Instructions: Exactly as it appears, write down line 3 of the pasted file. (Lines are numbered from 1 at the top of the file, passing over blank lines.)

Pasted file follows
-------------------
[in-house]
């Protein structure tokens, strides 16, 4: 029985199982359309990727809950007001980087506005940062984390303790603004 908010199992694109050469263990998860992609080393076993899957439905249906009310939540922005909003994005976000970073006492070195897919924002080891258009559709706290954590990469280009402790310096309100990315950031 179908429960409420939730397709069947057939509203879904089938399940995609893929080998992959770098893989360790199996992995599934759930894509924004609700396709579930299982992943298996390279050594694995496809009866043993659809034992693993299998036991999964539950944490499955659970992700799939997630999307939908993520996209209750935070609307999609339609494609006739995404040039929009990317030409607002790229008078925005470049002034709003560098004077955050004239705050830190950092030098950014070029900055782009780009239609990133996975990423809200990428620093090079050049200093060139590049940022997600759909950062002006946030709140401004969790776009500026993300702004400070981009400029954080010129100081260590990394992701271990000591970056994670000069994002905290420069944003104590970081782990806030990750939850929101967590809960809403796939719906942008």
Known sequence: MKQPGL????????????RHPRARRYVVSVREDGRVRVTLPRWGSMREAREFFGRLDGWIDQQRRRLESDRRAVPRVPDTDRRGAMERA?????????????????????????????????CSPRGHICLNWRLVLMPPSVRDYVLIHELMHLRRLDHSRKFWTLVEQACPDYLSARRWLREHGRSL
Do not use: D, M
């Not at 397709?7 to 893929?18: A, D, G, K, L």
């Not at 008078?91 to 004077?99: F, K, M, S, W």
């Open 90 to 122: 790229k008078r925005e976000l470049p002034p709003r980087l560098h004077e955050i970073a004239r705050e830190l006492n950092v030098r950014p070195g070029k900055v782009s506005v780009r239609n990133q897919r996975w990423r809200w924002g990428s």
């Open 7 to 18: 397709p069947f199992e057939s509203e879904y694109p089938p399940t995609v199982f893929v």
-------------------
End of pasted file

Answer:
Known sequence: MKQPGL????????????RHPRARRYVVSVREDGRVRVTLPRWGSMREAREFFGRLDGWIDQQRRRLESDRRAVPRVPDTDRRGAMERA?????????????????????????????????CSPRGHICLNWRLVLMPPSVRDYVLIHELMHLRRLDHSRKFWTLVEQACPDYLSARRWLREHGRSL